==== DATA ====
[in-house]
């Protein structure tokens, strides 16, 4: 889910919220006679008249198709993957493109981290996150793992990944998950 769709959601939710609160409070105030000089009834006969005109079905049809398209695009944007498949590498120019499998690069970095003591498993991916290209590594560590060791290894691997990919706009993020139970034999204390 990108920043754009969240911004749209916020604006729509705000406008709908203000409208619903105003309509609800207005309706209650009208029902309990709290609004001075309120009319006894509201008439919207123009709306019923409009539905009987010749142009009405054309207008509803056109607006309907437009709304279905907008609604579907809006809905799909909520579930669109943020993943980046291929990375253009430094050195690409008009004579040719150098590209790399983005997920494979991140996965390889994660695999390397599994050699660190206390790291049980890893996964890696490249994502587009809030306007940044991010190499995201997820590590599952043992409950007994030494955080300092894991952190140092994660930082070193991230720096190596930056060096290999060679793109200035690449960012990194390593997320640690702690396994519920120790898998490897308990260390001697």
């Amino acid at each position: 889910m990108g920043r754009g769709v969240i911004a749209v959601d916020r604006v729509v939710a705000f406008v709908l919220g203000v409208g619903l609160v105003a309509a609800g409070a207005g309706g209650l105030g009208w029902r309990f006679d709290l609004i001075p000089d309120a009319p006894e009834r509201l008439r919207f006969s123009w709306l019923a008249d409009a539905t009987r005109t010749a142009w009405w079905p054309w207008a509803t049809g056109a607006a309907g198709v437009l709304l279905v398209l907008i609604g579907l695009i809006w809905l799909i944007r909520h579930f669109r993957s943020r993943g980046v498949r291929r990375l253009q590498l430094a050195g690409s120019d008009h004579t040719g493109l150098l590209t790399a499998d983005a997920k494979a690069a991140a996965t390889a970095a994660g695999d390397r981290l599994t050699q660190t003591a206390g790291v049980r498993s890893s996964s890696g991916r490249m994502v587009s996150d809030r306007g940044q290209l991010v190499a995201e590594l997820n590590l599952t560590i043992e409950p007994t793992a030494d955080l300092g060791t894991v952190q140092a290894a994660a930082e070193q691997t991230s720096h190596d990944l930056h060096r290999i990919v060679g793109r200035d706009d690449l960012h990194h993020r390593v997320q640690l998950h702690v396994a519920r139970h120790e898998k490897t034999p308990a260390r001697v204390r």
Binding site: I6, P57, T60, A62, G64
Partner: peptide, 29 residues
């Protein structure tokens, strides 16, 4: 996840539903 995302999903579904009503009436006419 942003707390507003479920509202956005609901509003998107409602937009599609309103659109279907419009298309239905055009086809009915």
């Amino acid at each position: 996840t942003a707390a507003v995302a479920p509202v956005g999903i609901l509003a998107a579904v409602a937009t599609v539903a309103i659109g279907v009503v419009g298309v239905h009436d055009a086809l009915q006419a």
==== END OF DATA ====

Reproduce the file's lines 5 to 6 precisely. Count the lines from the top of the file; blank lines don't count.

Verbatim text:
Partner: peptide, 29 residues
């Protein structure tokens, strides 16, 4: 996840539903 995302999903579904009503009436006419 942003707390507003479920509202956005609901509003998107409602937009599609309103659109279907419009298309239905055009086809009915």